Thyroid Disorders

Chapter

Abstract

Thyroid storm and myxedema coma are endocrine emergencies with high morbidity and mortality, where early recognition with a low index of suspicion and prompt treatment can significantly impact outcomes [1]. The diagnosis of thyroid storm is made clinically and cannot be based on laboratory abnormalities, and diagnostic criteria have been put forth by Burch and Wartofsky and by Akamizu et al. [2, 3]. Multidisciplinary care in a critical care setting is recommended, and identification of the precipitating cause and reversal or treatment of that cause should be sought if possible [1]. Medical treatment of thyroid storm involves understanding the pathophysiology underlying its development and then targeting all steps of thyroid hormone synthesis, release, and action in a specified order, along with supportive care [1]. Treatment should begin with thionamides (propylthiouracil/PTU preferred over methimazole), then iodine administration (potassium iodine or Lugol’s solution) or alternatively lithium, then cholestyramine to block the enterohepatic circulation of thyroid hormone, and beta-blockers (propranolol or esmolol), temperature regulation with cooling and antipyretics (Tylenol preferred over salicylates), intravenous fluid resuscitation for dehydration, and stress dose steroids (hydrocortisone) with vasopressors as needed. Therapeutic plasma exchange (TPE) or plasmapheresis can also be utilized. Finally, definitive therapy is surgery (subtotal or near-total thyroidectomy) or radioactive iodine ablation.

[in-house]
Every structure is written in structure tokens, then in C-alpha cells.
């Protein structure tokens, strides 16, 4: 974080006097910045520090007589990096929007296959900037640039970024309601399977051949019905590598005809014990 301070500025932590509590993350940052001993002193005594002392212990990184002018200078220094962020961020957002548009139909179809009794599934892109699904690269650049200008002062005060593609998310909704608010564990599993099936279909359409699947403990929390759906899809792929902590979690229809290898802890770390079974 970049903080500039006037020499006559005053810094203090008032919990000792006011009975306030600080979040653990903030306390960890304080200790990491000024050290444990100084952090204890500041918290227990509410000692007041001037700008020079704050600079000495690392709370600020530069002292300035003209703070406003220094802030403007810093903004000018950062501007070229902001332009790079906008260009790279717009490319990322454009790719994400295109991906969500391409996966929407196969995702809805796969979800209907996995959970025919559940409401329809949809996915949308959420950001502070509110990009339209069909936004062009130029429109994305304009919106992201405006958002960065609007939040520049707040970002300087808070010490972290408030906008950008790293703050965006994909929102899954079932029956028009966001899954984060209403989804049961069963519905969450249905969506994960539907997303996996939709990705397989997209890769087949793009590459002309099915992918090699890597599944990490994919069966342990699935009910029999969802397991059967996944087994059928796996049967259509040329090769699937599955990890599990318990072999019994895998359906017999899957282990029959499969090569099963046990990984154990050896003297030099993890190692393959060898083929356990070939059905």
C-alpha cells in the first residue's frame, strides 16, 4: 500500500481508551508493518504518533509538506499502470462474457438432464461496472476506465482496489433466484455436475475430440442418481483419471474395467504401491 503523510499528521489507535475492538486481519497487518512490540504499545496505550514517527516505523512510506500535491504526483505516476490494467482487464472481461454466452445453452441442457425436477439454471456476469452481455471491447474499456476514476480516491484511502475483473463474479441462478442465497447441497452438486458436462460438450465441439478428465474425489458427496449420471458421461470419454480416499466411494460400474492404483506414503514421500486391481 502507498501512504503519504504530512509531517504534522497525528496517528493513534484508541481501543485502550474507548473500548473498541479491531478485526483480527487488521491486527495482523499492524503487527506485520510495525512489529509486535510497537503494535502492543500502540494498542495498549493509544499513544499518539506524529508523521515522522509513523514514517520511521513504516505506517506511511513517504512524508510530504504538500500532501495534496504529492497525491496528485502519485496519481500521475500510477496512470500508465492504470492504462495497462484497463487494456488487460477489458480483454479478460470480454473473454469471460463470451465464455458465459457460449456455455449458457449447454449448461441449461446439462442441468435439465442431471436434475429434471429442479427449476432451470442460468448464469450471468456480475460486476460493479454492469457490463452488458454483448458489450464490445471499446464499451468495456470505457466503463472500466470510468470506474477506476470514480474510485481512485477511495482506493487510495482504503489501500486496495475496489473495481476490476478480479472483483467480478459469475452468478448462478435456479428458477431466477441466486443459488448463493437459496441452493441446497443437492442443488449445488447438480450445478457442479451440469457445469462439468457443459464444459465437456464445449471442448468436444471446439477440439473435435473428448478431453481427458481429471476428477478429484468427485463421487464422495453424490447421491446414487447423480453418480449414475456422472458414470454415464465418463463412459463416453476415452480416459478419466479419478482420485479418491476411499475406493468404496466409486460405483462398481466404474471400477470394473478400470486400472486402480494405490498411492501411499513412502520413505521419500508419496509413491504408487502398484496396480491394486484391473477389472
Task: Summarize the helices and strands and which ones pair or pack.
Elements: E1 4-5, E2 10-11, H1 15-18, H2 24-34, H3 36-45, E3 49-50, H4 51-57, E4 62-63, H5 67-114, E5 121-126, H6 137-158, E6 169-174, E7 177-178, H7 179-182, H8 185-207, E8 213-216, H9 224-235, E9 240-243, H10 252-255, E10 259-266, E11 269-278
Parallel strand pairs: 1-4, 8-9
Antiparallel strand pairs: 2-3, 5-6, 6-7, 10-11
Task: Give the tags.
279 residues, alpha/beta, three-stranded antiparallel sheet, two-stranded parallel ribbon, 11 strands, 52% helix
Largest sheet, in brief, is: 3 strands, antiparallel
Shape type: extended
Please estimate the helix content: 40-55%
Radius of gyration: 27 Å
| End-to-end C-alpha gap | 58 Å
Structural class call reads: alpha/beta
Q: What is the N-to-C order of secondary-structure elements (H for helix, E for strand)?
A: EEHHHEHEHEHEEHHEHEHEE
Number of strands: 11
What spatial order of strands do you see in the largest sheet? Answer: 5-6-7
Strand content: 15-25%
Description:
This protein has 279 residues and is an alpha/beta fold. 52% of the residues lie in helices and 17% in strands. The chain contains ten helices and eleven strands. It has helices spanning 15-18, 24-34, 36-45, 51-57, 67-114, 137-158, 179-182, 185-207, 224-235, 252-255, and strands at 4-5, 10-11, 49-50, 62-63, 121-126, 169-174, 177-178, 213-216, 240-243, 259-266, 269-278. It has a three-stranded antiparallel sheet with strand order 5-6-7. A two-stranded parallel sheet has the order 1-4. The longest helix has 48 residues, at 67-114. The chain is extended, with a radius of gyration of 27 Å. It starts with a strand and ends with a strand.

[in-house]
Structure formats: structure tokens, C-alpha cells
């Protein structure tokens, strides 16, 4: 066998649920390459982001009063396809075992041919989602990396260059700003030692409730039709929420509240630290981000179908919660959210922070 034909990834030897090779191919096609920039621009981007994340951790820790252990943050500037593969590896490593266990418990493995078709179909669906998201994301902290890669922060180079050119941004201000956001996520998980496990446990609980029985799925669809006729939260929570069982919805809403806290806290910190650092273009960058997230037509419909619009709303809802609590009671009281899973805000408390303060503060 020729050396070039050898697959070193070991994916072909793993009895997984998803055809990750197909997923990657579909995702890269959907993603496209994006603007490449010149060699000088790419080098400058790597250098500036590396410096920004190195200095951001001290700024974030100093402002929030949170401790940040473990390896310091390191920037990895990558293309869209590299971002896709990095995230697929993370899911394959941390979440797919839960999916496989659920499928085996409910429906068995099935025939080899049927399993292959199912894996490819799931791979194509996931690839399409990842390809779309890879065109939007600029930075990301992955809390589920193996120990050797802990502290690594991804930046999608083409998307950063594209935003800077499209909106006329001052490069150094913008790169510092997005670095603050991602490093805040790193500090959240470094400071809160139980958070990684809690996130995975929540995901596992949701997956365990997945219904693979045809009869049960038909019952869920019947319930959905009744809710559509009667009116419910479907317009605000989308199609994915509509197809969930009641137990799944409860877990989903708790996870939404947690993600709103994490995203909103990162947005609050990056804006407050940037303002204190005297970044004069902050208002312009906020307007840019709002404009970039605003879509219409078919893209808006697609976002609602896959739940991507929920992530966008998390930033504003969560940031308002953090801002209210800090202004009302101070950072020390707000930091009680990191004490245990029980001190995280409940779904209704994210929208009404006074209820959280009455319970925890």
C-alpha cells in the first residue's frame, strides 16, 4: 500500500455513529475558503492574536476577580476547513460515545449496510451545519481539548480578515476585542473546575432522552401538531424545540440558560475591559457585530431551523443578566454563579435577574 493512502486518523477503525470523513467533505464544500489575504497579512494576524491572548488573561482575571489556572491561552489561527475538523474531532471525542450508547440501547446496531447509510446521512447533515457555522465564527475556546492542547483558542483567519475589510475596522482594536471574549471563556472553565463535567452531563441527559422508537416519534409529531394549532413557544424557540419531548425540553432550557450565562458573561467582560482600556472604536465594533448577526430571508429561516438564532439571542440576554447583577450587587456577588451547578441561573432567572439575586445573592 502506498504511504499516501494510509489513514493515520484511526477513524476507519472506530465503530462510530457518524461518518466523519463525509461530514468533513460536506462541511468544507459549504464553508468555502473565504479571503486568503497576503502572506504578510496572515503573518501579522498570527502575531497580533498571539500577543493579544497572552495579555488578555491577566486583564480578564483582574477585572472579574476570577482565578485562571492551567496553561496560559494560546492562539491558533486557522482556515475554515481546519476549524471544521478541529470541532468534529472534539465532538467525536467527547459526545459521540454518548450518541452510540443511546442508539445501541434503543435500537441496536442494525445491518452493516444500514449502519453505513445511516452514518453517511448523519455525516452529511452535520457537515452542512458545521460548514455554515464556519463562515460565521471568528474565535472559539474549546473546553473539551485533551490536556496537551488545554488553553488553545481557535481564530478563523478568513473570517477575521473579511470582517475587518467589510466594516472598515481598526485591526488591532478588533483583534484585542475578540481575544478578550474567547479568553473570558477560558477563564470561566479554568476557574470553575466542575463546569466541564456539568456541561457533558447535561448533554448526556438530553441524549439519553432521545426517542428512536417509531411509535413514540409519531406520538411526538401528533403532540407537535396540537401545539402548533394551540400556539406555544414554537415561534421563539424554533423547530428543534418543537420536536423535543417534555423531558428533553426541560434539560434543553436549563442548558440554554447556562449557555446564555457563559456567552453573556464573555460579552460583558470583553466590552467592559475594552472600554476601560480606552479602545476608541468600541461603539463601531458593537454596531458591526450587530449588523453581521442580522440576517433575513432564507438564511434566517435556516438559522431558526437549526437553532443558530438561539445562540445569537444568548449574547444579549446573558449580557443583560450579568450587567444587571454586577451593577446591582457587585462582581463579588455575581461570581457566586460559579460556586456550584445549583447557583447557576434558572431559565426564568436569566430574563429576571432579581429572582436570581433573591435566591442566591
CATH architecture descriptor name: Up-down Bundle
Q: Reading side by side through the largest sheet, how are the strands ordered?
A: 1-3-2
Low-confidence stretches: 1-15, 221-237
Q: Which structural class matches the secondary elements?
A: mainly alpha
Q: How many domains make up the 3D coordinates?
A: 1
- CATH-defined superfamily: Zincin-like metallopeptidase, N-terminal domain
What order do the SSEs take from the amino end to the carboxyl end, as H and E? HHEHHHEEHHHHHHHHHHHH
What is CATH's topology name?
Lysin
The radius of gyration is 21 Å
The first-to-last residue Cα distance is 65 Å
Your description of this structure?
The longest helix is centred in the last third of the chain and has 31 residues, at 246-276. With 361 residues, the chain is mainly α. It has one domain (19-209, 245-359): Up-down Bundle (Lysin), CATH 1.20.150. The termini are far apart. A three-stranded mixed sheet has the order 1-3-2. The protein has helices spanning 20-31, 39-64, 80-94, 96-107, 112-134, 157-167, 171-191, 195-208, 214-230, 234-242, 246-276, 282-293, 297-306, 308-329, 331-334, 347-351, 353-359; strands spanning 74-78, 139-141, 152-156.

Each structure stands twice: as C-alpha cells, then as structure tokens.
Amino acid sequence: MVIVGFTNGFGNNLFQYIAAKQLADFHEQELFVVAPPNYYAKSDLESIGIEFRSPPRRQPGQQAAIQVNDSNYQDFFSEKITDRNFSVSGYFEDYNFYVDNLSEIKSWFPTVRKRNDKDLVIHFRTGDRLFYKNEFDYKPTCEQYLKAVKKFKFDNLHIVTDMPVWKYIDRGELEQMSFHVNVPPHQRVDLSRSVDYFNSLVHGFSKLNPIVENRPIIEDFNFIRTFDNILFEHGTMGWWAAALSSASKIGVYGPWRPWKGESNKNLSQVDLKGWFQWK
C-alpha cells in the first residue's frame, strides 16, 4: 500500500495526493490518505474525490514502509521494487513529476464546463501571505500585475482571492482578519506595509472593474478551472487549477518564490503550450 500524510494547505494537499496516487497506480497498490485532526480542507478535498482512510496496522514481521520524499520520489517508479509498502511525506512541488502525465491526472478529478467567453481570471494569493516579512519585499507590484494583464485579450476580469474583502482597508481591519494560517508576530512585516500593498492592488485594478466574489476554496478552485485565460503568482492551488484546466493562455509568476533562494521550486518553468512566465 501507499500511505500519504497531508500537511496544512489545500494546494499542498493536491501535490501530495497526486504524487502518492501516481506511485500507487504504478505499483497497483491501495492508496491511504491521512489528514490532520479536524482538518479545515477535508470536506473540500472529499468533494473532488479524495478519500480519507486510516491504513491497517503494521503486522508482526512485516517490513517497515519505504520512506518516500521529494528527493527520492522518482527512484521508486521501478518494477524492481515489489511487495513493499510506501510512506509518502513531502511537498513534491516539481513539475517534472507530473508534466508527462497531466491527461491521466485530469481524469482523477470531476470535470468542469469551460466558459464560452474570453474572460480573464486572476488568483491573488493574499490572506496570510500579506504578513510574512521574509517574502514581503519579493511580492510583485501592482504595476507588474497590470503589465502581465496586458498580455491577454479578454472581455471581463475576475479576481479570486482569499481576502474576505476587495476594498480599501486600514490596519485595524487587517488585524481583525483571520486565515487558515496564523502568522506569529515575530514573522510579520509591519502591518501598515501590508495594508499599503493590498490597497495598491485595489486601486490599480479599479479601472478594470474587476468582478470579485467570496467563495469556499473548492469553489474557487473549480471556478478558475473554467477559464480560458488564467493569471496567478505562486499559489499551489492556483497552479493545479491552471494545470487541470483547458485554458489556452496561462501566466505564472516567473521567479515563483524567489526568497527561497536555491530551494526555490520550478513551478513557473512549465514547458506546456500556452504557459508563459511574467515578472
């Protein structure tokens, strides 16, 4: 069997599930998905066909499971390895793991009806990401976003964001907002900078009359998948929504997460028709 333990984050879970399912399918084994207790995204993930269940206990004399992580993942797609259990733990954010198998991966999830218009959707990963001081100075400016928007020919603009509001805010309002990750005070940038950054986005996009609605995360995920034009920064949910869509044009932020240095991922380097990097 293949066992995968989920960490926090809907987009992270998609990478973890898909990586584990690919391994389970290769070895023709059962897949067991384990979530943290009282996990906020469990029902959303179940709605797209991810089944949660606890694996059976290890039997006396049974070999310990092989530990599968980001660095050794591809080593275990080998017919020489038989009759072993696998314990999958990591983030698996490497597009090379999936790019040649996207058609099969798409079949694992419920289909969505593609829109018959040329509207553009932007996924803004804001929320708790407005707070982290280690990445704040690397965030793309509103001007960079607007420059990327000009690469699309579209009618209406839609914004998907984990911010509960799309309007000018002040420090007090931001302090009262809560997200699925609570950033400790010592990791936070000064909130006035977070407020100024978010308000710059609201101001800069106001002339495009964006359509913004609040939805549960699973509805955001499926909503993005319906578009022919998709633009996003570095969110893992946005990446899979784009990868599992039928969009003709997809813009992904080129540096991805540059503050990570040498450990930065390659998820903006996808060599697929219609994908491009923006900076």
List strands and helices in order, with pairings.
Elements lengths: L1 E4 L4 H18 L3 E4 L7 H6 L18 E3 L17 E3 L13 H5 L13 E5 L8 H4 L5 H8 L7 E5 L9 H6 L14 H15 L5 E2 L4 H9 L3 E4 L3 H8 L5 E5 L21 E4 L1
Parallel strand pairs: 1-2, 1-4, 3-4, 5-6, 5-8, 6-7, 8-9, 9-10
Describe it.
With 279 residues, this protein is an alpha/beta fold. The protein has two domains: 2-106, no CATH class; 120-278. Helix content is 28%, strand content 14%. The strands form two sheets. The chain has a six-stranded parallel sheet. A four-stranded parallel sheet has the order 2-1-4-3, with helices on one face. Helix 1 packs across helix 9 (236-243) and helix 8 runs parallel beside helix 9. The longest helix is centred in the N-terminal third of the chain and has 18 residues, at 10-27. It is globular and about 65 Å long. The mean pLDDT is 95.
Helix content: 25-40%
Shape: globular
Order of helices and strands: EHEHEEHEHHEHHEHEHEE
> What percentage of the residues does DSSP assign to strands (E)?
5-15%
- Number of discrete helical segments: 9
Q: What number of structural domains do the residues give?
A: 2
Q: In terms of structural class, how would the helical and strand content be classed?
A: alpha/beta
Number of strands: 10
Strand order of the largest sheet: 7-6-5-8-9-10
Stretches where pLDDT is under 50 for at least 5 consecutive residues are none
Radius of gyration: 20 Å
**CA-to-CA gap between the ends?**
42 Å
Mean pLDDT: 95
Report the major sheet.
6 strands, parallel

Myxedema coma is severe hypothyroidism, often with significant hypothermia, bradycardia, and mental status changes as substantial as a coma, often with a precipitating cause. Popoveniuc et al. [4] have proposed a diagnostic scoring system for myxedema coma. Medical treatment for myxedema coma involves thyroid hormone replacement (with T3 and/or T4), supportive care (warm ambient temperature and warming blankets, IV fluids including potentially hypertonic saline for hyponatremia, mechanical ventilation or other ventilation support, and hydrocortisone), and treatment of the precipitating cause and any other sequelae of myxedema coma including seizures. The mortality of both thyroid storm and myxedema coma has improved over the years with improvements in critical care.

Keywords

Enterohepatic circulation of thyroid hormone Graves’ disease Hyperthyroidism Myxedema coma Plasmapheresis Therapeutic plasma exchange Thionamides Thyroid storm Thyroiditis Thyrotoxicosis Thyrotoxic crisis Wolff-Chaikoff effect 

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Authors and Affiliations

  1. 1.General SurgeryRutgers Robert Wood Johnson Medical SchoolNew BrunswickUSA
  2. 2.Rutgers Robert Wood Johnson Medical SchoolNew BrunswickUSA
  3. 3.Division of General SurgeryRobert Wood Johnson University HospitalNew BrunswickUSA

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